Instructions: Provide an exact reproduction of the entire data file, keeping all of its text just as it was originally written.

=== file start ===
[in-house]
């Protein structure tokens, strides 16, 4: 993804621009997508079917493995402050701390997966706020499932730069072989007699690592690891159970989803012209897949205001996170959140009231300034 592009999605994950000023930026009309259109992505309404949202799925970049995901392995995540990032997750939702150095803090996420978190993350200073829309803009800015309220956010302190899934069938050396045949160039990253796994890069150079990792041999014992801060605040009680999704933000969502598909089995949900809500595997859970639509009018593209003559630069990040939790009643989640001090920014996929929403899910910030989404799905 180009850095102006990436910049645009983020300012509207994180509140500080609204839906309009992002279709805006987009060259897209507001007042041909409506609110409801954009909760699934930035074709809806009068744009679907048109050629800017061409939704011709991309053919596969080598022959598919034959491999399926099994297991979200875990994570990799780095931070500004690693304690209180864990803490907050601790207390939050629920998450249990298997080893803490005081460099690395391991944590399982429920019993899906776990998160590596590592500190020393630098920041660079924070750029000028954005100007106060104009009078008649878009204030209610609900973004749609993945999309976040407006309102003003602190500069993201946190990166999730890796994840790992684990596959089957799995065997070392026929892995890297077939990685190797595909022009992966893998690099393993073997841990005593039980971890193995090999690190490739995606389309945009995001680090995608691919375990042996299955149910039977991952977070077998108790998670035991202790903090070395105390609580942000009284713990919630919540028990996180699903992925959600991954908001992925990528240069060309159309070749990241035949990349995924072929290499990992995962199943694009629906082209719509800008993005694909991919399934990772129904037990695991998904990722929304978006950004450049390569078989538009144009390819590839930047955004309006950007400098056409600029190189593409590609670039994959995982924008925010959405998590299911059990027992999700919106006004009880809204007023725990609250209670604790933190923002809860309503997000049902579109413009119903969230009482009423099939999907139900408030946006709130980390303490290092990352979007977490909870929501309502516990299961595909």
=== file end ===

[in-house]
């Protein structure tokens, strides 16, 4: 993804621009997508079917493995402050701390997966706020499932730069072989007699690592690891159970989803012209897949205001996170959140009231300034 592009999605994950000023930026009309259109992505309404949202799925970049995901392995995540990032997750939702150095803090996420978190993350200073829309803009800015309220956010302190899934069938050396045949160039990253796994890069150079990792041999014992801060605040009680999704933000969502598909089995949900809500595997859970639509009018593209003559630069990040939790009643989640001090920014996929929403899910910030989404799905 180009850095102006990436910049645009983020300012509207994180509140500080609204839906309009992002279709805006987009060259897209507001007042041909409506609110409801954009909760699934930035074709809806009068744009679907048109050629800017061409939704011709991309053919596969080598022959598919034959491999399926099994297991979200875990994570990799780095931070500004690693304690209180864990803490907050601790207390939050629920998450249990298997080893803490005081460099690395391991944590399982429920019993899906776990998160590596590592500190020393630098920041660079924070750029000028954005100007106060104009009078008649878009204030209610609900973004749609993945999309976040407006309102003003602190500069993201946190990166999730890796994840790992684990596959089957799995065997070392026929892995890297077939990685190797595909022009992966893998690099393993073997841990005593039980971890193995090999690190490739995606389309945009995001680090995608691919375990042996299955149910039977991952977070077998108790998670035991202790903090070395105390609580942000009284713990919630919540028990996180699903992925959600991954908001992925990528240069060309159309070749990241035949990349995924072929290499990992995962199943694009629906082209719509800008993005694909991919399934990772129904037990695991998904990722929304978006950004450049390569078989538009144009390819590839930047955004309006950007400098056409600029190189593409590609670039994959995982924008925010959405998590299911059990027992999700919106006004009880809204007023725990609250209670604790933190923002809860309503997000049902579109413009119903969230009482009423099939999907139900408030946006709130980390303490290092990352979007977490909870929501309502516990299961595909």